A pyramid gets us taller. What limits the size of the base? Nothing, because we have no limits. So as the base gets larger, it eventually gets so large that it wraps around and touches itself from the other side of the Earth (sorry everyone.)

But we don't stop there. Spheres are self supporting, so let's turn this structure into a sphere that covers all of the Earth. We now can go even higher!

What have we created?

A Star Made of Diamond

Astronomers found a star that is made entirely of diamond. But why stop there? The only thing that limits a star's size is the mass that turns it into a Black Hole. We can argue about stopping here or whether larger black holes still count, but you see where we are going...

The Largest Structure

We have now seen that the largest/tallest structure is star made of diamond. (With a squishy Earth center.)

What Went Wrong?

So how did we get from "Tallest Structure?" to "Star Made of Diamond"? We didn't have any limits on what was possible. When you throw the constraints out the window, anything is possible.

We are no longer in the realm of Engineering. We are now in Theoretical Physics.

Engineering is using science to work within constraints.

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I think a proper answer must explore what the basic physics behind really tall buildings are. The most important one is that if you look at the construction from the top down, dividing it in thin horizontal layers like stories, each layer must be able to support everything that is above it. That's probably a fairly undisputed and basic constraint — but it leads us straight to fundamental limitations, including the reason for the fact that we cannot simply build a tower to space.

The load a given solid cross-section of a given material can carry depends solely on its surface area. The reason is simple: Material strength is simply the pressure it can sustain before it starts to give. Pressure is force per surface area, so that the overall force, or load, a solid layer can sustain or carry grows linearly with the surface area.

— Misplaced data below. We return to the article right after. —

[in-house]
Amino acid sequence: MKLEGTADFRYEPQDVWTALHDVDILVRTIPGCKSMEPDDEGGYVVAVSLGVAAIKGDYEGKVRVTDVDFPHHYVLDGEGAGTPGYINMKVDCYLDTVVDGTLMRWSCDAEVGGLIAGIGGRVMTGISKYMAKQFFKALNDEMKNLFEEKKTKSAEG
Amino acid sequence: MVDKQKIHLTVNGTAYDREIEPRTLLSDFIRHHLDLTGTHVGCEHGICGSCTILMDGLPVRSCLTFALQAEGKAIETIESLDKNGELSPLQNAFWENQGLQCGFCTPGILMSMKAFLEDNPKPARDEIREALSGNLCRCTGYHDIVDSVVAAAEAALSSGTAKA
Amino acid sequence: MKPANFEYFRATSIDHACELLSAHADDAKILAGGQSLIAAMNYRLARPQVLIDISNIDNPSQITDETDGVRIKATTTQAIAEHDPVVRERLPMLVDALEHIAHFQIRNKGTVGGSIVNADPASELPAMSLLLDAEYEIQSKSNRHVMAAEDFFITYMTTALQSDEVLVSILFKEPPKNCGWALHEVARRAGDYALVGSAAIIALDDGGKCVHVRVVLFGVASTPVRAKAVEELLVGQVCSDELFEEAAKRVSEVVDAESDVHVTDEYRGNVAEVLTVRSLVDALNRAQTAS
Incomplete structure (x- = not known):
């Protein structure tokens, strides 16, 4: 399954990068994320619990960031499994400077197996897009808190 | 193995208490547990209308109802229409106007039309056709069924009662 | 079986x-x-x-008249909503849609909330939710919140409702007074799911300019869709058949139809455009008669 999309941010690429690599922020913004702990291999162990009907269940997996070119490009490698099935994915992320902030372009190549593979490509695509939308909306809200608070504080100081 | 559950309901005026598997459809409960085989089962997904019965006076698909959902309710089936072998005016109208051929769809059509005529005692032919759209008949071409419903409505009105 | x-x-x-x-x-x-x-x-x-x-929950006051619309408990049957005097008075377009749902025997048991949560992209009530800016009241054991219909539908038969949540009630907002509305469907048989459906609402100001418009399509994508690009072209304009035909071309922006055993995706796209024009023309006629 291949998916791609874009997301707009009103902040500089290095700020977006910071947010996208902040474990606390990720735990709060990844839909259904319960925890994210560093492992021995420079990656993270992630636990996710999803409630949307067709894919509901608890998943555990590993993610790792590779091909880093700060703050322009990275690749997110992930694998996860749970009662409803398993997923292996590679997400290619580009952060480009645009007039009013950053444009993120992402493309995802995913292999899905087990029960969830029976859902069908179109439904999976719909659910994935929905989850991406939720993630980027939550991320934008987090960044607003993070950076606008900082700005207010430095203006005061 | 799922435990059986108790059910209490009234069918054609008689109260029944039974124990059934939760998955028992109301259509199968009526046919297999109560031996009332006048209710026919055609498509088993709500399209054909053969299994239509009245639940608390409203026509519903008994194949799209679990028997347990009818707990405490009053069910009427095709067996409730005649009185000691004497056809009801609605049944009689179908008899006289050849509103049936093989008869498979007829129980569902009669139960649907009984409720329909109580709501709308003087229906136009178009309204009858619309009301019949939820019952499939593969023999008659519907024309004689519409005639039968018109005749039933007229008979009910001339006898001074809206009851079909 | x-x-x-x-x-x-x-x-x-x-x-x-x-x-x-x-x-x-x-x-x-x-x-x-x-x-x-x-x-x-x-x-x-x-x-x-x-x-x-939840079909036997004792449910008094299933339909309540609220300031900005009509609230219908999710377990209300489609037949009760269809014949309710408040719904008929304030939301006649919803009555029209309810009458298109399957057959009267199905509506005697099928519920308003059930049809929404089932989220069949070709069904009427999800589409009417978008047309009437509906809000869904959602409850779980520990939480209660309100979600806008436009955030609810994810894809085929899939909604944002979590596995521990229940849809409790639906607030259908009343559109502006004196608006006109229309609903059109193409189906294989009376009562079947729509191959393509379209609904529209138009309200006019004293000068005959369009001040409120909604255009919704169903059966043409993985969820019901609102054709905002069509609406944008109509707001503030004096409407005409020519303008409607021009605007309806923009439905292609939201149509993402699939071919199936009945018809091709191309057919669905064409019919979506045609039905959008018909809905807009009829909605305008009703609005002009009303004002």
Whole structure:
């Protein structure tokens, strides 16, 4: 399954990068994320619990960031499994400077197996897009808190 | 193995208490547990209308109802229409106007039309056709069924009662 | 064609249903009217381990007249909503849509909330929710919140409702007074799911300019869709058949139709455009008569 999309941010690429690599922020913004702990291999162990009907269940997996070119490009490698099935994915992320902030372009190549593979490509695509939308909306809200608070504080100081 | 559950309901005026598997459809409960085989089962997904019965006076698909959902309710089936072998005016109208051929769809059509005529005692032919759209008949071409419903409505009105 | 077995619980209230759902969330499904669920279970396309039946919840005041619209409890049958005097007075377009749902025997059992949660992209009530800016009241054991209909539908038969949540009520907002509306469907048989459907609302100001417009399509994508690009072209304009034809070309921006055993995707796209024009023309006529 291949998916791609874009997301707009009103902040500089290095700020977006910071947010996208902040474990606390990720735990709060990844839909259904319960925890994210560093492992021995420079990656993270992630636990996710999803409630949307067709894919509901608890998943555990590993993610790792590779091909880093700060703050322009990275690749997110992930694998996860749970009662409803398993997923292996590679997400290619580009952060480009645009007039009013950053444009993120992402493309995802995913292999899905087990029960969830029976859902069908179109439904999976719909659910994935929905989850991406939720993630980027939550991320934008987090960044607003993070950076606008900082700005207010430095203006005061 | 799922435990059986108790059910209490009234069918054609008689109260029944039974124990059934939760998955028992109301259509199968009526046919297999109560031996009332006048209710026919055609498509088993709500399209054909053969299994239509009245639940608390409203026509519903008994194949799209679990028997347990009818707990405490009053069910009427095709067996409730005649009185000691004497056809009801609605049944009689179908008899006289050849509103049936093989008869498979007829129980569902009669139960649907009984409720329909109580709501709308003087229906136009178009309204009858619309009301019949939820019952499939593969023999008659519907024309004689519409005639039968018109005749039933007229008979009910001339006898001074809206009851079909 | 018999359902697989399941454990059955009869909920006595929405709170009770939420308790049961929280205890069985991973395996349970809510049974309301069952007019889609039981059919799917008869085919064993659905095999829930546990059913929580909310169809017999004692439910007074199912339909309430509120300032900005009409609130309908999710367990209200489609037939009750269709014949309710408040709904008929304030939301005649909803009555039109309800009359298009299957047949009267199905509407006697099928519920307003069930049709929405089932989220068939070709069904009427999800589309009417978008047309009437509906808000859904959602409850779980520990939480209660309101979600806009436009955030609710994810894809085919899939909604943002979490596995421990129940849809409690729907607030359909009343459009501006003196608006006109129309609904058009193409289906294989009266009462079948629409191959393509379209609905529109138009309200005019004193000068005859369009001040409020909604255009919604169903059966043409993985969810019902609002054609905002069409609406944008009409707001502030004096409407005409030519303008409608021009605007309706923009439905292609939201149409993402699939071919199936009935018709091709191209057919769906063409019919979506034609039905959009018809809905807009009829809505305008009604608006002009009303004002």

Unfortunately, we have just described exponential growth: Layer n must have the strength to sustain the sum of the weight of all the layers above it. That weight, if all layers are of the same height, is simply the sum of all their surface areas A1 + A2 + ... + An-1. If each building block can just carry a little more than one block, it is a classic binary tree. After a top layer of A1 = 1, and maybe A2 = 1 as well:

  1. A3 = A1 + A2 = 2
  2. A4 = A1 + A2 + A3 = 4
  3. A5 = A1 + A2 + A3 + A3 = 8, etc.

The surface area of each new layer which is needed to increase the tower height by one layer grows exponentially.

What we see is bascically a "standing rocket equation". We can improve our materials — if each block can carry the weight of 1000 blocks, the factor is 1.001 instead of 2; we would have a doubling every 700 layers or so. If we use cubic meter blocks and want to reach 100km or 100,000m, we'd have 100,000/700 = 142 doublings, a number with 43 decimal places. That's more rock than the volume of the Earth.

If we think that we want to limit the base of a tower to 1 square kilometer, we can have about 13,800 stories of 1 meter (still with our assumption that one block can carry 1000 others, which is pretty optimistic). That order of magnitude aligns with the highest mountains, even though they have a much wider base (probably because they do not consist of steel reinforced concrete). If we allow 10 square kilometers instead, we only get in 3 or 4 more doublings, or less than 2100 extra meters. Such are the limitations of exponential growth.

This is the most basic of limitations for tower height. At some point you'll have to deal with your foundations and the building ground which cannot carry the load of the building (in effect, you can think of your "exponential pyramid" extending into the ground which is fine if the ground is steel reinforced concrete ;-) ). A building as heavy as a mountain would also induce long-term geological effects, for example slowly sink into the crust like mountains or large glaciers do. But these are secondary effects which are consequences of the exponential mass increase with height, which is the actual showstopper.